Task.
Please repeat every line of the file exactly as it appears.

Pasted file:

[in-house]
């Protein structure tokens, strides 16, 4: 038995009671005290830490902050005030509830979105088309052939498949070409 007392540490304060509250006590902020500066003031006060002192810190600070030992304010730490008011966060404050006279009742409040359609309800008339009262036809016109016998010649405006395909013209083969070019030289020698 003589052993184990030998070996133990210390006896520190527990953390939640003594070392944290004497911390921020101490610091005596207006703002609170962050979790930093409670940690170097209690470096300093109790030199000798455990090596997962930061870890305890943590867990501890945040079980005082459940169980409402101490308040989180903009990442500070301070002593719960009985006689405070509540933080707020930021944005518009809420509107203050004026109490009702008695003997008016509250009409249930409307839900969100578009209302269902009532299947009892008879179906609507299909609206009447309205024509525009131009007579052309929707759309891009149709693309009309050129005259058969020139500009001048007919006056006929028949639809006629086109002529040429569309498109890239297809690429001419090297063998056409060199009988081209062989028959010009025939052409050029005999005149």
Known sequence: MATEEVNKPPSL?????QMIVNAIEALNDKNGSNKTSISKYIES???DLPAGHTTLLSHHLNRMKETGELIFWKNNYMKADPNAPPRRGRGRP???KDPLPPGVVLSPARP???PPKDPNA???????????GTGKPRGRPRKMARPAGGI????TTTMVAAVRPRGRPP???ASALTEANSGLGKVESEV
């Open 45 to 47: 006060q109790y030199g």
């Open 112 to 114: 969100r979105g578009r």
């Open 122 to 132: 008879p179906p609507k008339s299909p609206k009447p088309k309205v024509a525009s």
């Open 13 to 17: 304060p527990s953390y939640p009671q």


[in-house]
């Protein structure tokens, strides 16, 4: 038995009671005290830490902050005030509830979105088309052939498949070409 007392540490304060509250006590902020500066003031006060002192810190600070030992304010730490008011966060404050006279009742409040359609309800008339009262036809016109016998010649405006395909013209083969070019030289020698 003589052993184990030998070996133990210390006896520190527990953390939640003594070392944290004497911390921020101490610091005596207006703002609170962050979790930093409670940690170097209690470096300093109790030199000798455990090596997962930061870890305890943590867990501890945040079980005082459940169980409402101490308040989180903009990442500070301070002593719960009985006689405070509540933080707020930021944005518009809420509107203050004026109490009702008695003997008016509250009409249930409307839900969100578009209302269902009532299947009892008879179906609507299909609206009447309205024509525009131009007579052309929707759309891009149709693309009309050129005259058969020139500009001048007919006056006929028949639809006629086109002529040429569309498109890239297809690429001419090297063998056409060199009988081209062989028959010009025939052409050029005999005149």
Known sequence: MATEEVNKPPSL?????QMIVNAIEALNDKNGSNKTSISKYIES???DLPAGHTTLLSHHLNRMKETGELIFWKNNYMKADPNAPPRRGRGRP???KDPLPPGVVLSPARP???PPKDPNA???????????GTGKPRGRPRKMARPAGGI????TTTMVAAVRPRGRPP???ASALTEANSGLGKVESEV
């Open 45 to 47: 006060q109790y030199g």
């Open 112 to 114: 969100r979105g578009r």
């Open 122 to 132: 008879p179906p609507k008339s299909p609206k009447p088309k309205v024509a525009s």
């Open 13 to 17: 304060p527990s953390y939640p009671q």